TIPS FOR SHOPPING AROMATHERAPY EDUCATION
- Look for Industry Accreditation
Is the school/teacher a Member in Good Standing of any professional trade associations like NAHA, AIA, IFA, IFPA, IAAMA, (Australia), CFA (Canada)? Are any courses approved for Continuing Education Units?
- Research Teachers Credentials
Where did the teachers study? What are their actual credentials? Can these credentials be verified? How long have they been teaching?
- Unbiased Affiliations
Many schools have favorite essential oil suppliers, but does this school require that students purchase essential oils from them or from any specific supplier?
- What is the Primary Focus of the Curriculum
Does the curriculum follow the Educational Requirements of NAHA or the AIA, for either Level I or Level II? Is the focus on the practice of massage and incorporating aromatherapy into a massage practice? Is the course geared toward licensed health care practitioners like RNs, NDs, DOs, or MDs? Is the course primarily preparation for the manufacturing of products such as skincare, candles or perfume?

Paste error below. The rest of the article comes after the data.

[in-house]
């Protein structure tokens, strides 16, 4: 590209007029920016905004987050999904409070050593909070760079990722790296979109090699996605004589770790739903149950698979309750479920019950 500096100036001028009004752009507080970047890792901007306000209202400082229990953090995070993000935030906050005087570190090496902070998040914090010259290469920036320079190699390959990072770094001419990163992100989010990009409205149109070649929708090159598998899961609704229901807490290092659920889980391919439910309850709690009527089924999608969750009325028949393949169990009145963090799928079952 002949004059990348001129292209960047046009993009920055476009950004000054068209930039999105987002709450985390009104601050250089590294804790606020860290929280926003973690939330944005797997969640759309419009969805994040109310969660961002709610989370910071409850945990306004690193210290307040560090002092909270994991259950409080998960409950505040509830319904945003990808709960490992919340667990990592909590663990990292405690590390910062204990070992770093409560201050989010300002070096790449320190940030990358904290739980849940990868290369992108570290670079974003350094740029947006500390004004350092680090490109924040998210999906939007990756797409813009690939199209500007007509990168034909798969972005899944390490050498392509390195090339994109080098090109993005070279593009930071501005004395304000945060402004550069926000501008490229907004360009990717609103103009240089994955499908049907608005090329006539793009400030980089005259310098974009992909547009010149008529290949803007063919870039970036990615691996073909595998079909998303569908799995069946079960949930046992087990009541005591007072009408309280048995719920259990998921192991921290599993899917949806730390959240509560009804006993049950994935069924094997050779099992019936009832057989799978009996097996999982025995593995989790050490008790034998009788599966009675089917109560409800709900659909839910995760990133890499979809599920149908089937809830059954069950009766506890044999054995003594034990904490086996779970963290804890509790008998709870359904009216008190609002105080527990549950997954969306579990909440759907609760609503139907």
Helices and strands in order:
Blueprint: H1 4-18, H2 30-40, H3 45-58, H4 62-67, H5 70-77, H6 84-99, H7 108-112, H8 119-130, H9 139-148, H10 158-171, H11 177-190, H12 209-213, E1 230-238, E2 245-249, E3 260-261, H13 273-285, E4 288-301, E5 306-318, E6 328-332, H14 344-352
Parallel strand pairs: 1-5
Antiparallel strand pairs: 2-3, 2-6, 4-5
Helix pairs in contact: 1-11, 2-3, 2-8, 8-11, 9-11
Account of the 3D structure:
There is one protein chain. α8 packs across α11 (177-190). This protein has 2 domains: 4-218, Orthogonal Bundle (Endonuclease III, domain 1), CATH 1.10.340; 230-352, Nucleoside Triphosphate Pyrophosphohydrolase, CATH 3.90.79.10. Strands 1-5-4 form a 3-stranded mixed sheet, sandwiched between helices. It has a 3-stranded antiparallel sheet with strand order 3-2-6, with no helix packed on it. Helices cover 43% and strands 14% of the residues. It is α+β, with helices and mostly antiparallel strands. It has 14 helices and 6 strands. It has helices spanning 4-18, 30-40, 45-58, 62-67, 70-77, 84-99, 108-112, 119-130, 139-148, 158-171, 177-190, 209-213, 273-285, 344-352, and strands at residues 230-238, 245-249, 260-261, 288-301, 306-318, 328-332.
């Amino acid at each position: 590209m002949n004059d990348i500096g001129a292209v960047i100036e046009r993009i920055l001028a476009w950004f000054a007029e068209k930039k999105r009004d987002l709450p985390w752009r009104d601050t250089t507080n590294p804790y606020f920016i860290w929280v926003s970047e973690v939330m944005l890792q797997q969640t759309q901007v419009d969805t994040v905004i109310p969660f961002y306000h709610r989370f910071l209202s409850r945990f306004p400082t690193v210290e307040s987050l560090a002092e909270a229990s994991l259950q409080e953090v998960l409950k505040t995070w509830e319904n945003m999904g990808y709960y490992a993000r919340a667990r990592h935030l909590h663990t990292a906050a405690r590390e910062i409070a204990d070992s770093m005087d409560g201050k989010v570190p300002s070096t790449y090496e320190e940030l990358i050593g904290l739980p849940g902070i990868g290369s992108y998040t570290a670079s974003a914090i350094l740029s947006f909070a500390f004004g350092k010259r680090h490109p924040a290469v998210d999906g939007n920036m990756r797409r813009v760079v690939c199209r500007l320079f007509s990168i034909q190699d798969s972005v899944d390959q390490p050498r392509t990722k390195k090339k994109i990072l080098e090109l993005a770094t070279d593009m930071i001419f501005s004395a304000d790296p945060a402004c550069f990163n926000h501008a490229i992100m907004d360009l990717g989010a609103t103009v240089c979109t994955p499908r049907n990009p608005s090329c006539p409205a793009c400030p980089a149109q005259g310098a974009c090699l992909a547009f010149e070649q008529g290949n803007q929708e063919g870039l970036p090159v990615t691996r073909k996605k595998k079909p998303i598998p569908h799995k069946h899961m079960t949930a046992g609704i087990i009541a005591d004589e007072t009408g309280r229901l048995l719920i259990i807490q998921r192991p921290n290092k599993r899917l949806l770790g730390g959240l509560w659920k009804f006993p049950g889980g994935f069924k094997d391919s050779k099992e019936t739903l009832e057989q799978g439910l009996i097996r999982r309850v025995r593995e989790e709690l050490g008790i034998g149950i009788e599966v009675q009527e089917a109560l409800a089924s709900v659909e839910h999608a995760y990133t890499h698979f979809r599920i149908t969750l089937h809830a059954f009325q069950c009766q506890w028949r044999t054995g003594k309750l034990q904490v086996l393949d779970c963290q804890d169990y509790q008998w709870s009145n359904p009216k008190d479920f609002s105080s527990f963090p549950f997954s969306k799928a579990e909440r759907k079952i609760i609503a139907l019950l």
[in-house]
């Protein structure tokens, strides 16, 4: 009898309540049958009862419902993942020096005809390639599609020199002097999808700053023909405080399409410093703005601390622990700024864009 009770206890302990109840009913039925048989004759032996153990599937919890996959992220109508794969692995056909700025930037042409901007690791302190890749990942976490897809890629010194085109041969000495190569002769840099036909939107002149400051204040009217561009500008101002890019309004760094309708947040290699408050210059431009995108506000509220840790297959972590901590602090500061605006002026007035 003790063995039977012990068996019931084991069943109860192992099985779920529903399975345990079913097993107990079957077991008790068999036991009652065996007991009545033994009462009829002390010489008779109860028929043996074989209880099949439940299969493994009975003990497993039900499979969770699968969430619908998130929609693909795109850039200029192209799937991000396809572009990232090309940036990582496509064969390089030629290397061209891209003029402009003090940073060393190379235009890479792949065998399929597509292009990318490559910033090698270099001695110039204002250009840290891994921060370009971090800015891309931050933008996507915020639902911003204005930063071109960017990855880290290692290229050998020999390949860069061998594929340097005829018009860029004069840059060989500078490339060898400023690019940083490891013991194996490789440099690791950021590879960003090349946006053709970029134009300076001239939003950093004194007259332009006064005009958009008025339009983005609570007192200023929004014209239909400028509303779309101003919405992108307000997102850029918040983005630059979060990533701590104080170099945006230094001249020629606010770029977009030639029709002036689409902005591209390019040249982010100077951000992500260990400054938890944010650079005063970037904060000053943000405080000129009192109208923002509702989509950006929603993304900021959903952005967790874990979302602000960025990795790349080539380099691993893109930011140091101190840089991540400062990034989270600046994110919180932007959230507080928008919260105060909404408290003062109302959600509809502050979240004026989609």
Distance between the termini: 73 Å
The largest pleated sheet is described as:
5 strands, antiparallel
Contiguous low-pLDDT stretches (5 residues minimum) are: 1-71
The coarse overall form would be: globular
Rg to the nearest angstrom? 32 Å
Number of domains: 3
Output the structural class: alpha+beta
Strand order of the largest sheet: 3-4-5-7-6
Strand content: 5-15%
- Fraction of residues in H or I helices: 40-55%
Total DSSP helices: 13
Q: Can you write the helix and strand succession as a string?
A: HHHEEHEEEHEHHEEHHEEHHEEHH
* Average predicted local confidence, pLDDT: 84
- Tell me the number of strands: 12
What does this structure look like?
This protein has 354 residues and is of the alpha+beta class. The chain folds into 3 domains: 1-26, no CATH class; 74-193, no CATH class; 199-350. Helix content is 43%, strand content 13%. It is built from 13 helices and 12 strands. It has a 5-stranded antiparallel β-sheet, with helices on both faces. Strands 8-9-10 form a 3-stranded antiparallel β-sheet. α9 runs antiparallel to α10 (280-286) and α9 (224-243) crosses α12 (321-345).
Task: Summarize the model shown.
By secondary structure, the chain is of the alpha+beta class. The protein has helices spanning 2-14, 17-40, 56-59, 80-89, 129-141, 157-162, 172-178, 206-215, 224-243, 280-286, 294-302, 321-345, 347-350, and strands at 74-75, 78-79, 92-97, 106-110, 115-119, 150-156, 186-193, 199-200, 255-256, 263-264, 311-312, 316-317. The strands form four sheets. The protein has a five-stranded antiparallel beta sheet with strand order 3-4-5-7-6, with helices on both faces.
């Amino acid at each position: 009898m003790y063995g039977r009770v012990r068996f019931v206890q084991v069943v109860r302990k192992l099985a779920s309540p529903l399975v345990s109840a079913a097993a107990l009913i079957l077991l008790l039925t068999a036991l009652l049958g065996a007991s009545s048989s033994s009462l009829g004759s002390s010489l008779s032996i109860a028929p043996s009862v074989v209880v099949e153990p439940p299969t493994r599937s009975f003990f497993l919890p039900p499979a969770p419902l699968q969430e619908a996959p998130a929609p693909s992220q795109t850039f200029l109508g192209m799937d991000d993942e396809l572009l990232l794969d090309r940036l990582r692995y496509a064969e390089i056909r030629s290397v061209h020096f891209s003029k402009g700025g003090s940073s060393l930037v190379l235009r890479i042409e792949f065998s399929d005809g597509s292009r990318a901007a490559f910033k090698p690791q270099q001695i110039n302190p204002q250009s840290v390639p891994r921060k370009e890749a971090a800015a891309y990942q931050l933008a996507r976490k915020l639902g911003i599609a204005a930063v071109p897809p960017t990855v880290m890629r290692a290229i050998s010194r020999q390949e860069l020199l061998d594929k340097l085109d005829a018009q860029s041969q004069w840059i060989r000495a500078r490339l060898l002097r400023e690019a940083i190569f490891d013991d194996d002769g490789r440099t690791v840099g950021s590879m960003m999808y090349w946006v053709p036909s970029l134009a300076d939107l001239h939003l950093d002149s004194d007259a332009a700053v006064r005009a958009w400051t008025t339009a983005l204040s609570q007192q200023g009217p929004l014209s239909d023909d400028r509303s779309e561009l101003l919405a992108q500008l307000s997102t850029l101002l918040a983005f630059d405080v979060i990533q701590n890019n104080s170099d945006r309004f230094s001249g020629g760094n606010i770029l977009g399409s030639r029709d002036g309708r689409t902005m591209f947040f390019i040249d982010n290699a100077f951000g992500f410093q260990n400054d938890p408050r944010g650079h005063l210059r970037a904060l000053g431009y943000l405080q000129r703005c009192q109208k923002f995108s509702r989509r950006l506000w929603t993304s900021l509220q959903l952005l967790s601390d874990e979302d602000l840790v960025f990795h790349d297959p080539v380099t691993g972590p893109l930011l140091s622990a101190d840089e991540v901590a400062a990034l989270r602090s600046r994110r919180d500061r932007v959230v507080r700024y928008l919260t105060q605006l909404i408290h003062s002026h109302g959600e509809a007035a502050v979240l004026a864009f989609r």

- Watch for Red Flags!
The history of essential oils is not ambiguous; essential oils were not used by the Egyptians in 2000 BC, for example. Nor were essential oils mentioned in the bible. Aromatic plants existed, other types of aromatic extracts existed, but essential oils themselves were not used by ancient cultures. If a school can’t get basic history correct – what other more important things might they also get wrong!
- Qualifications upon Graduation
Is there a test required to receive a diploma or certificate of graduation, or do all students receive a certificate of attendance? How many contact hours does the course include and will graduates be properly prepared to sit for the exam to be eligible to apply as a “Registered Aromatherapist™ (RA™), as regulated by the Aromatherapy Registration Council: http://aromatherapycouncil.org/
Does the course explain in advance, the conditions under which any certification is given by the School? It is important to recognize that the practice of Aromatherapy is unlicensed, no certificates allow someone to practice as an Aromatherapist. All practices are under authority of the state, either within the particular discipline of the individual practitioner or as may be allowed under an individual Safe Harbor and/or Health Freedom Law.